The Celtics acquired two first-round picks on September 6, 1979, from the Detroit Pistons in exchange for Bob McAdoo. This trade was arranged as compensation when the Celtics signed M. L. Carr on July 24, 1979; the Pistons acquired 1980 and 1982 first-round picks on July 12, 1979, from the Washington Bullets as compensation for the signing of Kevin Porter as a free agent. The Warriors used the picks to draft Rickey Brown; the Celtics used the pick to draft Kevin McHale. B On February 8, 1980, the New Jersey Nets acquired Maurice Lucas, 1980 and 1981 first-round picks from the Portland Trail Blazers in exchange for Calvin Natt; the Blazers acquired Kermit Washington, Kevin Kunnert and the pick on May 13, 1979, from the San Diego Clippers as compensation for the signing of Bill Walton as a free agent. The Nets used the pick to draft Mike Gminski. C On November 2, 1976, the Philadelphia 76ers acquired a first-round pick from the Indiana Pacers in exchange for Mel Bennett; the 76ers used the pick to draft Andrew Toney.
D On September 21, 1979, the San Diego Clippers acquired a first-round pick from the Cleveland Cavaliers in exchange for Randy Smith. The Clippers used the pick to draft Michael Brooks. E On July 16, 1979, the Washington Bullets acqui
1985–86 NBA season
The 1985–86 NBA season was the 40th season of the National Basketball Association. The season ended with the Boston Celtics winning their third championship of the decade, beating the Houston Rockets 4 games to 2 in the NBA Finals; the 1986 NBA All-Star Game was played at Reunion Arena in Dallas, with the East defeating the West 139–132. Isiah Thomas of the Detroit Pistons wins the game's MVP award. To add to the All-Star Weekend festivities, 5-foot-7-inch Spud Webb of the Atlanta Hawks wins the slam-dunk competition; the first three-point shootout was held, won by Larry Bird. The Kings relocate from Missouri to Sacramento, California, they played their home games at ARCO Arena I for three seasons while ARCO Arena II was under construction. The Chicago Bulls are the last Eastern Conference team in NBA history to lose 50 or more games in a season and still make the playoffs; the Boston Celtics post an impressive 40–1 record at home. Their only regular-season home loss occurred on December 6, 1985, to the Portland Trail Blazers, by the score of 121–103.
The record would be tied by the San Antonio Spurs in the 2015–16 season. The Celtics would win all 10 of their home games in the postseason; this season marks the first time the NBA hands out a Most Improved Player award at the end of a season. Alvin Robertson of the San Antonio Spurs is the first to win the award. Robertson would set the record for consecutive games with a steal, which stood for 22 years. In the third game of the season, Chicago Bulls sensation Michael Jordan suffered a broken left foot and missed the next 64 games. In Game 2 of the Eastern Conference First Round series, Jordan scored 63 points against Boston, an NBA playoff record, but his Chicago Bulls would lose in double overtime. All Midwest Division teams make the playoffs, the first time an entire division had done this since the 1983–84 season when all Atlantic Division teams made the playoffs; the first NBA draft of the Lottery Era was conducted at the Felt Forum of Madison Square Garden in New York City. Patrick Ewing was selected as the first overall pick by the New York Knicks.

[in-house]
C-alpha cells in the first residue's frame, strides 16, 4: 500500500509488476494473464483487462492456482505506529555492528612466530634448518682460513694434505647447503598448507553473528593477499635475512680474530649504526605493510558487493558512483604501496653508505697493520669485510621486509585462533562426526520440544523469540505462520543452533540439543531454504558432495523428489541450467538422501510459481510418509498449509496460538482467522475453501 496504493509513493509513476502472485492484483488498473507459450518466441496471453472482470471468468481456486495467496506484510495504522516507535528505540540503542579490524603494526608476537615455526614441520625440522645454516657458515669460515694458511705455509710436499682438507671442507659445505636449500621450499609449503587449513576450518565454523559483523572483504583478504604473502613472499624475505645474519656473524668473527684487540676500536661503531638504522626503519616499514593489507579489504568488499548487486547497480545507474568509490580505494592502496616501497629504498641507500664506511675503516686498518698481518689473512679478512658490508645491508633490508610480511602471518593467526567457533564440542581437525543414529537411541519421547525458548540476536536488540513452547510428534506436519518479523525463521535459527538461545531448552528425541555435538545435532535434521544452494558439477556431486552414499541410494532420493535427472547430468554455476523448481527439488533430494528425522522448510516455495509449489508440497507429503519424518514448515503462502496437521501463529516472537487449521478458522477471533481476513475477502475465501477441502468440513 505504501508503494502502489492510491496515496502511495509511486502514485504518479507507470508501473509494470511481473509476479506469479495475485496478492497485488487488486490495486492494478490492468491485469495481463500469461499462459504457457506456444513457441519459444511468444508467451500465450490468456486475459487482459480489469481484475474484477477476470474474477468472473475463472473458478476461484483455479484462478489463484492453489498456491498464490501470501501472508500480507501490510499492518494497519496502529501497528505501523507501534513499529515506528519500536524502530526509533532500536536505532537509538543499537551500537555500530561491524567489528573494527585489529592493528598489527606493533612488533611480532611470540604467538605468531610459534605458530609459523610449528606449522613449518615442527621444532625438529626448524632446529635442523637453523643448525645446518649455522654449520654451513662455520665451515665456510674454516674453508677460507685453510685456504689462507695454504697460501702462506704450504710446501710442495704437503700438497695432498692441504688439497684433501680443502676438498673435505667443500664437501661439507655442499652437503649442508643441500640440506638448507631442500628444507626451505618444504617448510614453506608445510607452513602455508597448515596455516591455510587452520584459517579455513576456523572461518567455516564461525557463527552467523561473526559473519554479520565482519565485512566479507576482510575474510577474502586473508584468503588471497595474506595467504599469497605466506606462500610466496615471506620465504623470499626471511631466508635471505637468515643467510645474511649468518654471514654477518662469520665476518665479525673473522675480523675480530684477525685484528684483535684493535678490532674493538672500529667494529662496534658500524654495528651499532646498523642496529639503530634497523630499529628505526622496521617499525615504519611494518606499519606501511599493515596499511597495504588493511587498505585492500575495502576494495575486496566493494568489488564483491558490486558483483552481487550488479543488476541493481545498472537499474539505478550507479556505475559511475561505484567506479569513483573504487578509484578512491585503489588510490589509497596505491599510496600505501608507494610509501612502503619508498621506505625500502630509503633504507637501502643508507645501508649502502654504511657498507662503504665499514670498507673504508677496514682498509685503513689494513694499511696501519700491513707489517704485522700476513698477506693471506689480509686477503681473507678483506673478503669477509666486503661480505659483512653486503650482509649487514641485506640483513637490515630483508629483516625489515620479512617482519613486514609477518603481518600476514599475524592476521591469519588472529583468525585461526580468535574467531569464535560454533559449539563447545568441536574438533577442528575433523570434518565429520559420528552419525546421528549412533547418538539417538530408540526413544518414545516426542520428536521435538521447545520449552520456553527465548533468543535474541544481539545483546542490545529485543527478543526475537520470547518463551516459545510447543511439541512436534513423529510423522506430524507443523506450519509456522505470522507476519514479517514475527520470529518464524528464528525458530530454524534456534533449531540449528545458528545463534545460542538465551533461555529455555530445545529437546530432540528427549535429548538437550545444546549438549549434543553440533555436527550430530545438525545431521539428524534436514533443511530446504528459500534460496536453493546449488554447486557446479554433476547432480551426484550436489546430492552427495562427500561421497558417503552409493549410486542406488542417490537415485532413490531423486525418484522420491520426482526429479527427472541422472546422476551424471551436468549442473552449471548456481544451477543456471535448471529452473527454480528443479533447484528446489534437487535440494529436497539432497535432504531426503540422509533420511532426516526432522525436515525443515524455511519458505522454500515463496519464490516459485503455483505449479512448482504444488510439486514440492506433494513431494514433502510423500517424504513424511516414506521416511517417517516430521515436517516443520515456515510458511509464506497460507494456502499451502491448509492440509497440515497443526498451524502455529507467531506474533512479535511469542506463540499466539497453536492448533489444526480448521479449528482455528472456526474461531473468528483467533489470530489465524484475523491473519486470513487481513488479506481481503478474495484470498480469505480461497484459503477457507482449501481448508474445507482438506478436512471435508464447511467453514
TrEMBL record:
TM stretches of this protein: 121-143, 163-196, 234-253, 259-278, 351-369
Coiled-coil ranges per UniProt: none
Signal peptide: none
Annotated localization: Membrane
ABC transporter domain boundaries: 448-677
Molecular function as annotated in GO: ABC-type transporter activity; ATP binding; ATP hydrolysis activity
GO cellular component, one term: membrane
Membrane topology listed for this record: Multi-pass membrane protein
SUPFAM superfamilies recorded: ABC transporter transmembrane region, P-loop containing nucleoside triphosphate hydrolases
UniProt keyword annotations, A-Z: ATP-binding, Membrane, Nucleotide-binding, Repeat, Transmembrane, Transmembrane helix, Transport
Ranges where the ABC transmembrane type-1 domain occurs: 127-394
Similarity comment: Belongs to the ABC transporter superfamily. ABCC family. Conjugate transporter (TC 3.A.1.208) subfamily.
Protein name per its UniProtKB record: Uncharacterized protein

Ewing, the winner of the NBA Rookie of the Year Award that season, set the record for most games missed for a Rookie of the Year winner. Ralph Sampson's off-balanced buzzer-beating shot in Game 5 of the Western Conference Finals sent the Houston Rockets to their second NBA Finals, defeating the erstwhile defending champion Los Angeles Lakers 4-1; this marked the second and last time in the 1980s a team other than the Lakers represented the West in the NBA Finals. The Rockets fell in six games to the Boston Celtics, a similar result to their previous meeting five years earlier. Detlef Schrempf became the first German player to enter the NBA, he would become the first European-born player to be named an All-Star in 1993 and had the most number of seasons played for a European player. New Jersey Nets guard Micheal Ray Richardson was banned for life by the NBA for his third violation of the league's anti-drug policy. Houston Rockets guard John Lucas was suspended by the team for a similar violation.
On Wednesday, October 30, 1985, forward Georgi Glouchkov arrived in the U. S. from Bulgaria to play for the Phoenix Suns. He was the first player from a former Eastern Bloc country to play in the NBA, he would make his debut on November 6 against the Atlanta Hawks. The Los Angeles Clippers surprised the league by starting the season 5-0; the Denver Nuggets were the last undefeated team, starting the season 6-0. The New York Knicks started the season 0-8 in the midst of a 20-game losing streak; the Knicks' last victory was March 22, 1985. The Phoenix Suns were the last winless team, starting the season 0-9. On Saturday, November 30, 1985, Cleveland Cavalier World B. Free scored his 16,000th career point. On Wednesday, December 4, 1985, Maurice Lucas of the Los Angeles Lakers made a 60-foot shot at the regulation buzzer to send the game into overtime; the Lakers would go on to defeat the Utah Jazz 131-127. On Tuesday, December 10, 1985, the Indiana Pacers scored only 64 points in a 64-82 loss to the New York Knicks.